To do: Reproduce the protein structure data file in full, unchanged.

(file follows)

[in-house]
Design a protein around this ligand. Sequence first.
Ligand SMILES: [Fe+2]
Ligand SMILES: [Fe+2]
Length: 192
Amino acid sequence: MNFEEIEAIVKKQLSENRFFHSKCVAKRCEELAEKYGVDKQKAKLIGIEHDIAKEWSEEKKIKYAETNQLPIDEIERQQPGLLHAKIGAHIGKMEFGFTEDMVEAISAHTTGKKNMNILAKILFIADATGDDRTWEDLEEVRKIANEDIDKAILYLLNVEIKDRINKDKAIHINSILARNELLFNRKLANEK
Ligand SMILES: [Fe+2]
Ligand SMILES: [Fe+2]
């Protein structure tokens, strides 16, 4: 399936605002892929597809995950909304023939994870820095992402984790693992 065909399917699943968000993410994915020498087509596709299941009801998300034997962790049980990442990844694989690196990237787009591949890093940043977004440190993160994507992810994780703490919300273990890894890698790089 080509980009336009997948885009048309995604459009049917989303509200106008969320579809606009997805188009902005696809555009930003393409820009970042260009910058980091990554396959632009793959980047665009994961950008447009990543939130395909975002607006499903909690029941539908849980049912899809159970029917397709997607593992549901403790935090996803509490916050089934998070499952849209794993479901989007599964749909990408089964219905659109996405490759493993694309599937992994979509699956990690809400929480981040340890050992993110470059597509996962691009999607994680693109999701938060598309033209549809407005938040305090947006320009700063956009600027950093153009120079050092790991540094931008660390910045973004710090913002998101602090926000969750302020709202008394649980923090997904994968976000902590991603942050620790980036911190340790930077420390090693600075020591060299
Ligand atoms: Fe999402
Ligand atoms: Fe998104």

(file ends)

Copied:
[in-house]
Design a protein around this ligand. Sequence first.
Ligand SMILES: [Fe+2]
Ligand SMILES: [Fe+2]
Length: 192
Amino acid sequence: MNFEEIEAIVKKQLSENRFFHSKCVAKRCEELAEKYGVDKQKAKLIGIEHDIAKEWSEEKKIKYAETNQLPIDEIERQQPGLLHAKIGAHIGKMEFGFTEDMVEAISAHTTGKKNMNILAKILFIADATGDDRTWEDLEEVRKIANEDIDKAILYLLNVEIKDRINKDKAIHINSILARNELLFNRKLANEK
Ligand SMILES: [Fe+2]
Ligand SMILES: [Fe+2]
């Protein structure tokens, strides 16, 4: 399936605002892929597809995950909304023939994870820095992402984790693992 065909399917699943968000993410994915020498087509596709299941009801998300034997962790049980990442990844694989690196990237787009591949890093940043977004440190993160994507992810994780703490919300273990890894890698790089 080509980009336009997948885009048309995604459009049917989303509200106008969320579809606009997805188009902005696809555009930003393409820009970042260009910058980091990554396959632009793959980047665009994961950008447009990543939130395909975002607006499903909690029941539908849980049912899809159970029917397709997607593992549901403790935090996803509490916050089934998070499952849209794993479901989007599964749909990408089964219905659109996405490759493993694309599937992994979509699956990690809400929480981040340890050992993110470059597509996962691009999607994680693109999701938060598309033209549809407005938040305090947006320009700063956009600027950093153009120079050092790991540094931008660390910045973004710090913002998101602090926000969750302020709202008394649980923090997904994968976000902590991603942050620790980036911190340790930077420390090693600075020591060299
Ligand atoms: Fe999402
Ligand atoms: Fe998104």